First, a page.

Wondering how to deal with lightning when you're hiking? Here's your answer, from Hiking For Her. #hiking #lightningsafety #outdoorsafety #backpacking #staysafeoutside

Any questions about
lightning safety for hikers?

Please let me know if you need more information about this important safety issue for hikers.

I’ve had my share of close calls in the mountains during storms, which have motivated me to know what to do, and how to avoid trouble, when I see lightning moving in.

Hopefully you will never have to ride out a thunderstorm. But if you do, now you know exactly how to do it.

You want to be around to enjoy the rainbow, right?

For more safety tips on the trail, visit my safe hiking tips page.

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Hiking in Thunderstorms: Safety Guide

For all you thrill-seekers out there, hiking in thunderstorms can be an exhilarating experience. For others (including myself), hiking during a thunderstorm can spell trouble and instill fear. So what are you supposed to do when you’re out in the middle of your hike, and thunder starts crashing down like beating drums?

This article will detail what you need to know about thunderstorms and how to stay safe while hiking during one.

What to Do if It Storms While Hiking?

If you hear thunder, that means that lightning is not too far behind. When hiking in a thunderstorm, your first priority should be to get to safety as quickly as possible. If you can make it to a building or car, do so. Otherwise, find the lowest point in the area and crouch down, making yourself as small a target as possible. Here are a few other tips to keep in mind:

  • Avoid open spaces, hilltops, metal objects, and bodies of water.
  • Stay away from trees—if lightning hits a tree, the electrical current can travel through the ground and injure you. as this will make you more susceptible to being struck by lightning. Instead of laying flat on the ground, curl up in a ball and make as little contact with the ground as possible.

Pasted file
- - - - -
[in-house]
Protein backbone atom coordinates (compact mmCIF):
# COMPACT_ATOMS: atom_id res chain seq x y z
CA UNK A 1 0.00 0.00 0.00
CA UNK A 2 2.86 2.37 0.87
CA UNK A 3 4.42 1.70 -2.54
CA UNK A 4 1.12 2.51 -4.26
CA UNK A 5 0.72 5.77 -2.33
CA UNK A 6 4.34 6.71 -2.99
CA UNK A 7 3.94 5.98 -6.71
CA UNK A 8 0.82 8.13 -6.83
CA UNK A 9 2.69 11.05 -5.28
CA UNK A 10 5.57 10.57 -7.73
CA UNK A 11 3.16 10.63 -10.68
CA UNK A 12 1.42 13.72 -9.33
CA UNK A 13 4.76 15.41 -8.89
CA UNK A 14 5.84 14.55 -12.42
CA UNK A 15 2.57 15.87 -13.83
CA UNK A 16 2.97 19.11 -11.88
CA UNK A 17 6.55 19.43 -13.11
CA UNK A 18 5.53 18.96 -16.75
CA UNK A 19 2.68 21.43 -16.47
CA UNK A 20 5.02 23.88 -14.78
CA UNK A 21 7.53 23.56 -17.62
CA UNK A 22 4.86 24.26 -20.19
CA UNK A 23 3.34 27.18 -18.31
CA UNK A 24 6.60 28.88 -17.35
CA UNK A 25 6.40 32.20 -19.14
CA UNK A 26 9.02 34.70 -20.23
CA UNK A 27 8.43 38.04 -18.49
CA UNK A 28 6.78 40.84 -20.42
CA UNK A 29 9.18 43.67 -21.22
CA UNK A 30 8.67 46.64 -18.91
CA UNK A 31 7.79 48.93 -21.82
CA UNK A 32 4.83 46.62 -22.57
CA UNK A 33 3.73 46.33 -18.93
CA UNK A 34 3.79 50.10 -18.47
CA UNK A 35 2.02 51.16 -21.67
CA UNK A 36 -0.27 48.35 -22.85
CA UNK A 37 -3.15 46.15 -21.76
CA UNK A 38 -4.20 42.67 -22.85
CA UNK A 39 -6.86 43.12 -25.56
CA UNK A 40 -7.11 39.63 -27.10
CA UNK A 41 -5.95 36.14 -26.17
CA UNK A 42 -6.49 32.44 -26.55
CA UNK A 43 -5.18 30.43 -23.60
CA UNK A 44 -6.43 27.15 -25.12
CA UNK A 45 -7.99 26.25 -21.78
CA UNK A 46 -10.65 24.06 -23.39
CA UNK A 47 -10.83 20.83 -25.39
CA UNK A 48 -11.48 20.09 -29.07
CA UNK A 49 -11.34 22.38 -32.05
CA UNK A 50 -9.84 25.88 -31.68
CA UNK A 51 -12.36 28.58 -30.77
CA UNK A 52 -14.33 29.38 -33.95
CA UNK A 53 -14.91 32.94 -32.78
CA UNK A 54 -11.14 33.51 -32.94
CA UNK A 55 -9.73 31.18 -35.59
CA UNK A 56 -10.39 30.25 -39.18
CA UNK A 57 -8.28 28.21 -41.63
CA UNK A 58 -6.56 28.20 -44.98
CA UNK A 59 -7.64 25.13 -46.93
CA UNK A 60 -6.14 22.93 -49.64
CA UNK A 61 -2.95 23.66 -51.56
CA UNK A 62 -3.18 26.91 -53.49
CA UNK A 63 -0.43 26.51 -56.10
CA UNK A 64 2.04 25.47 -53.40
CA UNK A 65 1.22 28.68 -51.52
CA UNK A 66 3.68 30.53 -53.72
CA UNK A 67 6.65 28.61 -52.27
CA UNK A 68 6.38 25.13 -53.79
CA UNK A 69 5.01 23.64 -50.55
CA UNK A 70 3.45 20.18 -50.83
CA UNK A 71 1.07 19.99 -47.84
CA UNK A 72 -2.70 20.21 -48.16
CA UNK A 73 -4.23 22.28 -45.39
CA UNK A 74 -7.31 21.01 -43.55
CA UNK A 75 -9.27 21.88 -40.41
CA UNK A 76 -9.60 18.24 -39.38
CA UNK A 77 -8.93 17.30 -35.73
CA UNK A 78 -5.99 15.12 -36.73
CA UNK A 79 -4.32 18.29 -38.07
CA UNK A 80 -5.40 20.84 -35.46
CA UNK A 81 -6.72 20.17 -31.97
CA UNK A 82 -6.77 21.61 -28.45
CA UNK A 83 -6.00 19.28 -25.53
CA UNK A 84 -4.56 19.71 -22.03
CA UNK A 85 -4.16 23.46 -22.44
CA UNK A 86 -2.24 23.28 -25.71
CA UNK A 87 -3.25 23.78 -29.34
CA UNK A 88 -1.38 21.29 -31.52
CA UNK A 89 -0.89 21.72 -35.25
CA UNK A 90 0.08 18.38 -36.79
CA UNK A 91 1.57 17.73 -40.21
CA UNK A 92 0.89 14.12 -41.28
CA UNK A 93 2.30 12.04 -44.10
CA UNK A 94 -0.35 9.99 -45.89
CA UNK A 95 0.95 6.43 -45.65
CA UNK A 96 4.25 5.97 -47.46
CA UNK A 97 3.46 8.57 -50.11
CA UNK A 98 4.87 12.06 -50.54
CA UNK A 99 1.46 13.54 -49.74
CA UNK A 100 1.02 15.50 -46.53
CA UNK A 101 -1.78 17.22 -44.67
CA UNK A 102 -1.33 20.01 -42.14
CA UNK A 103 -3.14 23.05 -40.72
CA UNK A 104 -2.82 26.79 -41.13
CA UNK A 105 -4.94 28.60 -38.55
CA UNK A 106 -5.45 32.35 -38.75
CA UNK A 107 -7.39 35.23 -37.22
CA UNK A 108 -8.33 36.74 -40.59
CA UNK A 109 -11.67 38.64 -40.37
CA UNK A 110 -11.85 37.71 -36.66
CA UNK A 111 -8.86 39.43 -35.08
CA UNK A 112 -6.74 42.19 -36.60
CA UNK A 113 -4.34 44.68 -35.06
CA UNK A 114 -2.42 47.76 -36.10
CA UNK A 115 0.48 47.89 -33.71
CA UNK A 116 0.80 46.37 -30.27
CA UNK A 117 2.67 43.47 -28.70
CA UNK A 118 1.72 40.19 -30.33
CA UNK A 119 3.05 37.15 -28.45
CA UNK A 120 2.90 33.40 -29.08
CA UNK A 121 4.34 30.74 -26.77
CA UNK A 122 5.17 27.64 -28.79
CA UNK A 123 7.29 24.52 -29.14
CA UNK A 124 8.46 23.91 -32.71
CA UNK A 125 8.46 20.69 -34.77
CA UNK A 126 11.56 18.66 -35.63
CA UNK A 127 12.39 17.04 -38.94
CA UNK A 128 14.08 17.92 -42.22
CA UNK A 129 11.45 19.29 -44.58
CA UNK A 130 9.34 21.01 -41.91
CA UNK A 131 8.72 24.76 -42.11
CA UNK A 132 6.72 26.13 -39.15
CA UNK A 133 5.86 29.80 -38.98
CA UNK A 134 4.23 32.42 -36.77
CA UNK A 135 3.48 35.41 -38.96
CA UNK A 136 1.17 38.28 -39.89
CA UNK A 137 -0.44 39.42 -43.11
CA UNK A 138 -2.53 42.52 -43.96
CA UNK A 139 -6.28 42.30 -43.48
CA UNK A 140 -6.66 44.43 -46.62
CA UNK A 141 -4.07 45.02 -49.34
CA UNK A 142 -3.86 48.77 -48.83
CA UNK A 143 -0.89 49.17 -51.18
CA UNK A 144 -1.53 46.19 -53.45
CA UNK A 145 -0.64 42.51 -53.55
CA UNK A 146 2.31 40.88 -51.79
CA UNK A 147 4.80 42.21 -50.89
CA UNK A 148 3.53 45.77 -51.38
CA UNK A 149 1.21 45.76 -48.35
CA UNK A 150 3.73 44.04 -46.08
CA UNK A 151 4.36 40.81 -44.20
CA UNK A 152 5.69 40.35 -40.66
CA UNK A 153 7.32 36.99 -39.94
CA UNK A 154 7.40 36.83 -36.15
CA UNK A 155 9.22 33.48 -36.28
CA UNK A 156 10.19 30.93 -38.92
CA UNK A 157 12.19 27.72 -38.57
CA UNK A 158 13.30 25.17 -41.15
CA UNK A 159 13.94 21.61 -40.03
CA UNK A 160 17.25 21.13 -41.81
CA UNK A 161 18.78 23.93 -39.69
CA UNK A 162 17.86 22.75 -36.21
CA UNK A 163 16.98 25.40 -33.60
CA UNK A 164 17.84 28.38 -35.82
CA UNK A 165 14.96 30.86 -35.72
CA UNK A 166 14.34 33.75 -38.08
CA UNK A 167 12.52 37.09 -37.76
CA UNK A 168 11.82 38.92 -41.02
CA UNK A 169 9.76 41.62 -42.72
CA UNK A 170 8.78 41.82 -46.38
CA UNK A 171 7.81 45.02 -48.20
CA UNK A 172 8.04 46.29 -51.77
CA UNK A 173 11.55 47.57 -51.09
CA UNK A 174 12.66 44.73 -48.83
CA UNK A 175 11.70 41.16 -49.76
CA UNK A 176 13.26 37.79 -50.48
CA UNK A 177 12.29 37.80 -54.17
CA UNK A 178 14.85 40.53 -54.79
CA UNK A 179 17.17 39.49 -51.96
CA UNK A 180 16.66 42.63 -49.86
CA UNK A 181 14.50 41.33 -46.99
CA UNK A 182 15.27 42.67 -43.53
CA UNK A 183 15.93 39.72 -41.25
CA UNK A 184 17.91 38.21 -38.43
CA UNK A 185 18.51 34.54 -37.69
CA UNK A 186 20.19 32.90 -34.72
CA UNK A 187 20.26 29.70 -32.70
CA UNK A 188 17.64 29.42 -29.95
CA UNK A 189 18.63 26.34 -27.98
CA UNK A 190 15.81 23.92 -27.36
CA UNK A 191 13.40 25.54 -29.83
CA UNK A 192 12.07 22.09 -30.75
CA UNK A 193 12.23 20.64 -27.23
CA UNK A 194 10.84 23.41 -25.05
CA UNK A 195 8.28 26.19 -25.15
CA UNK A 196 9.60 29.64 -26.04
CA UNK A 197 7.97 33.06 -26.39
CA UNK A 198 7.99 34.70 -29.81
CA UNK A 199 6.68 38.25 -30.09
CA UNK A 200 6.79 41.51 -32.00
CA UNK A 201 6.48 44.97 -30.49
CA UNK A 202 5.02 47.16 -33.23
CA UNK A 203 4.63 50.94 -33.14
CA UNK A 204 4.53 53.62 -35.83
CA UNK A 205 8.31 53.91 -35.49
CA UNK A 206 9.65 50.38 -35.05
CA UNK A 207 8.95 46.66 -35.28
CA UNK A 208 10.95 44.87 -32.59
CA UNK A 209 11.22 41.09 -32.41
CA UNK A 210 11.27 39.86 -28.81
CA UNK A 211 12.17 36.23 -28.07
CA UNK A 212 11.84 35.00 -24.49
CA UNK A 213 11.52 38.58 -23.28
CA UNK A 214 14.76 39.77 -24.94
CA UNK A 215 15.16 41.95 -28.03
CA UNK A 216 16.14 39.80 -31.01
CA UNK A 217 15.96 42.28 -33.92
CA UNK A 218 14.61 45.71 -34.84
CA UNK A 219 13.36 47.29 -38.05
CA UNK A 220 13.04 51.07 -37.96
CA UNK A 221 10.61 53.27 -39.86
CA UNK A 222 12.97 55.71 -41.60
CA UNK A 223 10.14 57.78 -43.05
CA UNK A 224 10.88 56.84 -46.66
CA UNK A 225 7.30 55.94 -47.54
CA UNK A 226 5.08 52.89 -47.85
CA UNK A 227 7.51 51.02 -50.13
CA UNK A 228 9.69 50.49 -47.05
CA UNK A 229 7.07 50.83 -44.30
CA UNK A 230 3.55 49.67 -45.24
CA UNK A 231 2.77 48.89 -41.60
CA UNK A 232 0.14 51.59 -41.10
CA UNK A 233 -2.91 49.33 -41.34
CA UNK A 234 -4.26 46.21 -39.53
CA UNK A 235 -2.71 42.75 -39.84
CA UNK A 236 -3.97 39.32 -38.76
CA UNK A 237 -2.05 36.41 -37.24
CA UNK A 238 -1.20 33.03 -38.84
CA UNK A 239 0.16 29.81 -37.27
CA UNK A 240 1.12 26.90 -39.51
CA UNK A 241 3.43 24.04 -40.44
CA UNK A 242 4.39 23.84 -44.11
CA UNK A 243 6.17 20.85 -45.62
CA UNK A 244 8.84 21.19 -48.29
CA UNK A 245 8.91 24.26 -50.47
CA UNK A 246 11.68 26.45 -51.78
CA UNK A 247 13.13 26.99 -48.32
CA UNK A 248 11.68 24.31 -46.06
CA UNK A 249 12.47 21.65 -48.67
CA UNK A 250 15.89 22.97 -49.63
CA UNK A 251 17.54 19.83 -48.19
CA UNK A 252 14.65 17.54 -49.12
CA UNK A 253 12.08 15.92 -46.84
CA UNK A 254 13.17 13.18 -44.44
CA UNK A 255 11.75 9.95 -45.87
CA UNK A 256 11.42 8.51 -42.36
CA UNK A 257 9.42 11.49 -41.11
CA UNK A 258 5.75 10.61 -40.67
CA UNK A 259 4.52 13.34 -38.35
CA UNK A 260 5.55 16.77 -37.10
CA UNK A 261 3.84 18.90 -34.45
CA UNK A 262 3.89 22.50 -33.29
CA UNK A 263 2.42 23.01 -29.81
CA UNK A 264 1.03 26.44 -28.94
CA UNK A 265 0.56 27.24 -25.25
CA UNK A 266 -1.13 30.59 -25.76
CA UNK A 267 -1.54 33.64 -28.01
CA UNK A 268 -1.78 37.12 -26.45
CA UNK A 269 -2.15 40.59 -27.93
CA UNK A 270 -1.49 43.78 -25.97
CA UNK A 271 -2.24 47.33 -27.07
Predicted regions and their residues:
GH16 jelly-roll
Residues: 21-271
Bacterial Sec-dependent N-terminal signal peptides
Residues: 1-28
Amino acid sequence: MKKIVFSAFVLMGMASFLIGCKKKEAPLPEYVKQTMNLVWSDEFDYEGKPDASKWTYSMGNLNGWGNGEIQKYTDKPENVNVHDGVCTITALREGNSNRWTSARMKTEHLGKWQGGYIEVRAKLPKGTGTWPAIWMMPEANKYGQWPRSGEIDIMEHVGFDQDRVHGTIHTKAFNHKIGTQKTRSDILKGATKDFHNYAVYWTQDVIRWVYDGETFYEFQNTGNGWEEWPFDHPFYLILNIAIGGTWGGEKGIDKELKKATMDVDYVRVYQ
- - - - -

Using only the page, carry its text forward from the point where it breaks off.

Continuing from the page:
• If you are in a group, spread out to minimize the chances of everyone being hit if lightning does strike.
  • Insulate yourself from the ground by sitting on your pack or using a sleeping pad.
  • Wait out the storm in this position until it passes. Once the thunder has stopped, you can continue on your hike.

What to Do if Someone is Struck by Lightning?

If someone in your group is struck by lightning, it is important to act quickly. Call 911 if possible (The unfortunate reality is that you probably won’t have much cell phone service) and then follow these steps:

  1. Check for a pulse and breathing. If the person has a pulse and is breathing, they are in cardiac arrest and will need CPR. If they are not breathing, begin rescue breaths.
  2. If the person is not breathing and does not have a pulse, they will need CPR.
  3. Perform CPR for two minutes before checking for a pulse again. If there is still no pulse, continue CPR.
  4. If the person begins breathing on their own, monitor them closely and be prepared to perform CPR again if necessary.

I know what you’re thinking, CPR to a person who’s been struck by lightning? Won’t that just electrocute you or them further? People who have been struck by lightning do not carry an electrical charge. So it is completely safe to perform CPR on them.

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Another option is to carry and use a personal locator beacon. Personal locator beacons send out a distress signal that can be picked up by satellite. So if you ever find yourself in an emergency situation with no cell reception, these can be a lifesaver.

I know it’s a terrible situation to think about, but the reality is that thunderstorms can and do strike while people are hiking. Hopefully, you’ll never be in this situation, but it’s always best to be prepared.

Are You Safe in The Woods During a Thunderstorm?

I was always told when I was young and playing in the rain to avoid trees during a thunderstorm. I was told that trees attract lightning, and there was a much greater chance of being struck if I was underneath one.

So here’s the exact science and reasoning behind this: Lightning typically strikes the tallest objects. When you’re out in the woods – that’s gonna be the trees. But trees are not good conductors of electricity. So what happens is lightning currents pass through trees and into the roots and trunk, and then dissipate into the ground.

However, WE are much better conductors of electricity than trees are. So if you’re close enough to the tree when this happens – like within 10 feet – the current can pass through the ground and shock you. You aren’t just in danger from a direct hit; it’s the electrical current that you also have to worry about.